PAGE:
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Provocations and the Indigenous Category
By Julie Peteet
University of Louisville
This paper begins a discussion of the potential that inheres in talking about Palestine in a
way that locates it in an expansive family of colonialisms. It is worth noting that it is only since
the 1980s that Palestine became an admissible ethnographic subject and the search is still on for
conceptual frameworks and a vocabulary to describe a situation both in concert with other
colonial settings but also characterized by its own specificity. There is a need for new
frameworks and lexical repertoires that move beyond the national as well as treading cautiously
around attempting to fit Palestinians into the latest academically trendy buzz word. For example,
“diaspora” became over-loaded and referred to so many communities that it began to lose
analytical and empirical specificity.i In what follows, I suggest ways to shift discursive
frameworks and lexicon and provoke other ways of conceptualizing Palestine.
A turn to space and time in Palestine studies is now fairly standard. Not only does a
spatio-temporal framework take us well beyond nationalist inflected scholarship, as did the turn
to human rights, it sheds critical light on late modern colonialism and its tactics of governance,
means of acquiring resources, the role of demography and citizenship in colonial political
projects, mobility as a means of control and constituting the spatial contours of the state, and the
commodification of time and its deployment as a means of punishment, and questions of
sovereignty, among others. Each of these seemingly singular themes can become a lens through
which to approach Palestine. For example, the geo-social fragmentation of Palestine is often
reflected in the unproblematized spatio-temporal framework applied to Palestine both in
scholarship and the political realm when we uncritically work with temporal units such as 1948,
1967 and the post-Oslo period. While certainly concrete moments of profound transformation,
these spatio-temporal markers can become seemingly bounded categories particularly in political
negotiations. Although each was catastrophic in a specific way, and 1948 and 1967 have
differing statuses under international law, they have fed into what I will call a politics of the
present. Using the combined frameworks of space, time, settler-colonialism, and demography for
example, can shed light on the continuity among 1948, 1967, and the present, putting these
moments into relief as a single field of analysis punctuated by temporally and spatially marked
moments of transformations. These conceptual frameworks let us hone in on the historical logic
and consistency of the Zionist project from 1948 to the contemporary era of policies of closure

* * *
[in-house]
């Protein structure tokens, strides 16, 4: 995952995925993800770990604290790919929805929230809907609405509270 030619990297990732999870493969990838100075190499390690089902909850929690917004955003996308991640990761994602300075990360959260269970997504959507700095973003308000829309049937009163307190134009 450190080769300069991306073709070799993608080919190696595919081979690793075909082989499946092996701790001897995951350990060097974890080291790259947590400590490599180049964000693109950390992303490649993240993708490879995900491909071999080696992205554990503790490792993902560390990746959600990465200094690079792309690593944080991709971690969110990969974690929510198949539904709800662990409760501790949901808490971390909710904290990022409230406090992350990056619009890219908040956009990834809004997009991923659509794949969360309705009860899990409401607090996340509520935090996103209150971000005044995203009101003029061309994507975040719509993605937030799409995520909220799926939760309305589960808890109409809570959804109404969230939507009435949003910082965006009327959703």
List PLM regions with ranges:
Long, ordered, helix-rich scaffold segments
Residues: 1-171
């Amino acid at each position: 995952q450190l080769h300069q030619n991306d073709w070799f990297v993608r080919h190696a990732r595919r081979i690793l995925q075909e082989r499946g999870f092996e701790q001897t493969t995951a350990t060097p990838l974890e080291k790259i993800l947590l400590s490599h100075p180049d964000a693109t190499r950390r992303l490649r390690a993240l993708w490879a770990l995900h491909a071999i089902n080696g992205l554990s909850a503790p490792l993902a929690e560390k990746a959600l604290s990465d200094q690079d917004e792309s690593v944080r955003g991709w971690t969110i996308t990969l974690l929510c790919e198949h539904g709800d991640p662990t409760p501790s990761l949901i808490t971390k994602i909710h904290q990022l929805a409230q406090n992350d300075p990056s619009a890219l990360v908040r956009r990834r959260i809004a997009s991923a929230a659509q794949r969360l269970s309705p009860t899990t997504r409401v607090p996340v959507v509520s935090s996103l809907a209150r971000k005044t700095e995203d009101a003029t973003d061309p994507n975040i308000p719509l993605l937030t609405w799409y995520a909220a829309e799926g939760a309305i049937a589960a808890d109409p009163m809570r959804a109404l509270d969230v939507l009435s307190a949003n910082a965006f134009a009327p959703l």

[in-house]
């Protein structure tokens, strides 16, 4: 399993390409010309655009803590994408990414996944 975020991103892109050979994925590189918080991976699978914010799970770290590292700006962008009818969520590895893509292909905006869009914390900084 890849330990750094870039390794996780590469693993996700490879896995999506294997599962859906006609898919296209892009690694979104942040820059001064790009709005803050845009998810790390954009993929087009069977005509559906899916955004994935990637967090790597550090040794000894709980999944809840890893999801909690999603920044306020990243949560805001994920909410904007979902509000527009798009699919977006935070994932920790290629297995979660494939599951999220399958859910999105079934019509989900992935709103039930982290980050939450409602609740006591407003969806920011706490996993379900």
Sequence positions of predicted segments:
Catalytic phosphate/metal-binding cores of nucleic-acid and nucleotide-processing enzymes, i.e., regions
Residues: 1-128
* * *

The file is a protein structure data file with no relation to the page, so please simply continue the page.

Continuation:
and separation.
In the domain of political negotiations, the prevalence of these compartmentalized spatial
and temporal categories constitutes present-ism, or a politics of perpetual beginnings. For
example, US-Israel negotiators have consistently deployed a strategy of interim agreements such
as the Oslo Accords, premised on present necessity, deferring to a "later" time the critical issues
of refugees, colonies, borders, and the status of Jerusalem. In this scenario, the the nekba (1948)
and the occupation (1967), are treated as a fait accompli or facts-on-the-ground. Negotiations
now focus on the short-term exigencies of things such as checkpoints and “outposts” rather than
critical questions of borders, refugees, and resources. In short, as present-ism prevails, the core
issues recede farther and farther to the background all but omitted from the agenda. A state of
perpetual beginnings, or what Stoler ii calls “states of deferral that mete out promissory notes
that are not exceptions to their operation but constitutive of them,” succinctly captures the use of
time as a stall-tactic.
The term “settler-colonialism” which now appears steadily in the academic literature on
Palestine-Israel and marks a significant shift, has the potential to overcome the spatio-temporal
fragmentation of 1948, 1967, and the present. It compels a view with historical depth and
highlights the connectedness of seemingly distinct periods. Indeed its circulation in scholarship
works to de-exceptionalize Palestine by locating it in a family of colonial histories.
While there is no modular settler-colonialism, Palestine-Israel has enough in common
with those in the Americas, Australia and South Africa to constitute a branch on the family tree.
Each is unique but there are family resemblances that allow us to speak of them as a type of
social formation. In general, the parameters of settler–colonialism involve a more
technologically and militarily powerful entity imposing itself on less powerful, technologically
less sophisticated territories and communities and appending their economy to that of the settlers
and their metropole. Characteristically, it involves the extraction of local resources with local
labor for the economic benefit of the mother country and eventually opening the colony as a
market. Distinguished by the movement of people into the conquered territory, often displacing
significant numbers of the local population, it is considered the most rapacious of colonialisms.
Most significantly the shift to a settler-colonial framework and the set of associated terms that
often accompanies it: colonies, colonists, de-colonization, and the indigenous pushes forward